Mortgage fraud prosecutions in South Carolina have increased steadily in the past few years. In the aftermath of the real estate boom and bust in Grand Strand communities like Myrtle Beach, Atlantic Beach and Conway, federal prosecutors have aggressively pursued suspected cases of bank fraud involving valuation of properties and other false information.
A recent story in The Sun News detailed an innovative defense in the sentencing proceedings following a mortgage fraud conviction involving a Murrells Inlet home. Because federal sentencing guidelines for fraud crimes are based to some extent on the value of the loss caused by the defendant’s actions, the defense lawyer focused on the actual losses to the named victim of the fraud, Countrywide Financial Corp.
This white collar criminal defense strategy is based on the complexities that characterized mortgage industry dealings over the last decade. Because so many lenders like Countrywide quickly repackaged individual mortgages into mortgage-backed securities, which they in turn sold to investors, they did not themselves suffer financial losses due to future default or other problems with mortgages.
Based on that fact, the defendant’s attorney has argued that Bank of America, which now owns Countrywide, did not suffer a loss. The case is complicated by the fact that a guilty plea by the defendant referenced actual loss amounts, but criminal defense attorneys are closely watching the case. If the court recognizes the validity of the argument, it could mean significant reductions in sentences for mortgage fraud convictions, including the possibility of probation rather than incarceration.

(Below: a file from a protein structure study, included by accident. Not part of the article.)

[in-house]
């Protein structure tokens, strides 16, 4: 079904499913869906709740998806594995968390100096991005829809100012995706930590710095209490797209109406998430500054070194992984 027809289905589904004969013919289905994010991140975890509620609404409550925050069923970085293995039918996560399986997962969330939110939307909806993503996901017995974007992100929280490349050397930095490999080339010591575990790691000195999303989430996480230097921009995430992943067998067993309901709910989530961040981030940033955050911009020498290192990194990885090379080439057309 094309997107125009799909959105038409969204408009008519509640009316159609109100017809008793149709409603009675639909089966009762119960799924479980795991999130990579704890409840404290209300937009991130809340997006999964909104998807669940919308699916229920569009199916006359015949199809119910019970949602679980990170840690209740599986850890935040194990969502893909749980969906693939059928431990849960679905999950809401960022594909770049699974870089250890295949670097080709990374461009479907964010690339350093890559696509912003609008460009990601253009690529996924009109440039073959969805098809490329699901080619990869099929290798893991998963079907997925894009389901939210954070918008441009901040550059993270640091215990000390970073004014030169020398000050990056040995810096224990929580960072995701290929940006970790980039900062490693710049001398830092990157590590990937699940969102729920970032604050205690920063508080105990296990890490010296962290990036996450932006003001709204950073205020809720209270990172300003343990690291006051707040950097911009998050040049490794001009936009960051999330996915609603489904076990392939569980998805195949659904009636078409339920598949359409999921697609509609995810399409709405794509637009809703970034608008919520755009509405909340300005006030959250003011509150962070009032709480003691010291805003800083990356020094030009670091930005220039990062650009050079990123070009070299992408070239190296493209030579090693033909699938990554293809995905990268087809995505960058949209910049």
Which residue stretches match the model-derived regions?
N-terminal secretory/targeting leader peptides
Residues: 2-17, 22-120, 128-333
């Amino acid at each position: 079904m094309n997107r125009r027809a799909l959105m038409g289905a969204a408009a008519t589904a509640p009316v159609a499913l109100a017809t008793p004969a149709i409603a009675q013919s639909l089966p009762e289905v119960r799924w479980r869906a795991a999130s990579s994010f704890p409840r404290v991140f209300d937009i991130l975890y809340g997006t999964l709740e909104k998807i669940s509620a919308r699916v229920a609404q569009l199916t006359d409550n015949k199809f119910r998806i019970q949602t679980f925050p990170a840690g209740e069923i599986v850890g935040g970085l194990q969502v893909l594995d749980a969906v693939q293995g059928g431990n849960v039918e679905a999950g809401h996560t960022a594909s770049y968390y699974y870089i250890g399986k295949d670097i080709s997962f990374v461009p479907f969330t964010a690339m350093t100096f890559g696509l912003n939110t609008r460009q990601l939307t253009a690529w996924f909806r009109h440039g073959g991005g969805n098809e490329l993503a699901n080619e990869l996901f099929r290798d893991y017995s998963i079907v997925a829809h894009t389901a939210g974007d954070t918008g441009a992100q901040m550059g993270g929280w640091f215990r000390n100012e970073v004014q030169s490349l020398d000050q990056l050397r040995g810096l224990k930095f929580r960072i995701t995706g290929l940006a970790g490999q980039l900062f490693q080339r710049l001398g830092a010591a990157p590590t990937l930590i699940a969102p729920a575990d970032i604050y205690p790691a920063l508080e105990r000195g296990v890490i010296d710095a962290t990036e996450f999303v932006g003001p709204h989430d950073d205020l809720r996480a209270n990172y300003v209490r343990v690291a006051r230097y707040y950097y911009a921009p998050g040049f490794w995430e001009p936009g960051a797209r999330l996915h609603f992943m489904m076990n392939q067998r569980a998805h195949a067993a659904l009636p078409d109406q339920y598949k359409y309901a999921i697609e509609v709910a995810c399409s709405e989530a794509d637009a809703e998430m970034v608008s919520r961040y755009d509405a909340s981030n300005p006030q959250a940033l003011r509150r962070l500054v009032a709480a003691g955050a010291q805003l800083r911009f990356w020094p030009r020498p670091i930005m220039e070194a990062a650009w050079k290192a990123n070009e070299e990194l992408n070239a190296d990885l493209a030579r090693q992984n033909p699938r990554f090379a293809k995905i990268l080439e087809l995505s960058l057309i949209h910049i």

Appeal of such a decision is likely, but a positive outcome for the defendant would likely require much more diligence on the part of federal prosecutors in the future, as they would be required to pinpoint the actual losses suffered by fraud victims in each case. By exploring every viable defense strategy to hold prosecutors to their burden of proof, an experienced fraud defense lawyer can improve the likely legal outcome in cases involving complex financial dealings.